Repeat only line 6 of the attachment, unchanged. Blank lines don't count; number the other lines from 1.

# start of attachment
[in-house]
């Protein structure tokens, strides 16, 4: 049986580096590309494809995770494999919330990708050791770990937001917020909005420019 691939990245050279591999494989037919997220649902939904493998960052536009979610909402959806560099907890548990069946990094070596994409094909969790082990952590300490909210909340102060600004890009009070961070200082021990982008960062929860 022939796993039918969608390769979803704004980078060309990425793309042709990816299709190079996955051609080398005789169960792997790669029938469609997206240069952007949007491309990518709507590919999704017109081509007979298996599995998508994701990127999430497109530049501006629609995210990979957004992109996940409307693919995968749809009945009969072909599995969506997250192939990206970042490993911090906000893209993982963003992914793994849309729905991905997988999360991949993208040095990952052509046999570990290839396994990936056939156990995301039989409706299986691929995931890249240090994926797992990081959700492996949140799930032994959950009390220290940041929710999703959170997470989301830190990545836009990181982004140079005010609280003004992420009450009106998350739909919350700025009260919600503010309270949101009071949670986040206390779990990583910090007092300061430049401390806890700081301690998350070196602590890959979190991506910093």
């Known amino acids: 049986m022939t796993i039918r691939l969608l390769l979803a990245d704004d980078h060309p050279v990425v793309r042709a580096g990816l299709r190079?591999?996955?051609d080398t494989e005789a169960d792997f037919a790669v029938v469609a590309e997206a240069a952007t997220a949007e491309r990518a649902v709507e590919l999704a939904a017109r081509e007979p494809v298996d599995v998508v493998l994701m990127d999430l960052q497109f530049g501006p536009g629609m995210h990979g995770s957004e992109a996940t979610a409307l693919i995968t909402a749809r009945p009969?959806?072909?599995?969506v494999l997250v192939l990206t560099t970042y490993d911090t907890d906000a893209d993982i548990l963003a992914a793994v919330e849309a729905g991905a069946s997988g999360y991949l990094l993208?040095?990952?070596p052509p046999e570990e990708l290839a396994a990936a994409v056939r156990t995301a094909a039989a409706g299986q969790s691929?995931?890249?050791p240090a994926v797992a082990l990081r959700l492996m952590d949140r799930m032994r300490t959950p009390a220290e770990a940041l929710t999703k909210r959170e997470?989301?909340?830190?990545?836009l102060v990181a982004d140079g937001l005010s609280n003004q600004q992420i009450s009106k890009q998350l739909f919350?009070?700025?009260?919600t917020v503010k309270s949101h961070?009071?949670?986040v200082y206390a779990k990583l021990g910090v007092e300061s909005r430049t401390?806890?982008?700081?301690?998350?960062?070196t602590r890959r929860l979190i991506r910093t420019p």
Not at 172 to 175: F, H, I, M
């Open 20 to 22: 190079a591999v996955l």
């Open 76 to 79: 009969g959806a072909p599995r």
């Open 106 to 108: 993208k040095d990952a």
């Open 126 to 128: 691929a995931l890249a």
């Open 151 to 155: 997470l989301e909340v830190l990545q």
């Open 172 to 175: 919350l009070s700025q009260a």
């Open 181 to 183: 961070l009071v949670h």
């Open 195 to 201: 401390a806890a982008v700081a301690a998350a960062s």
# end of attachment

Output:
């Open 76 to 79: 009969g959806a072909p599995r």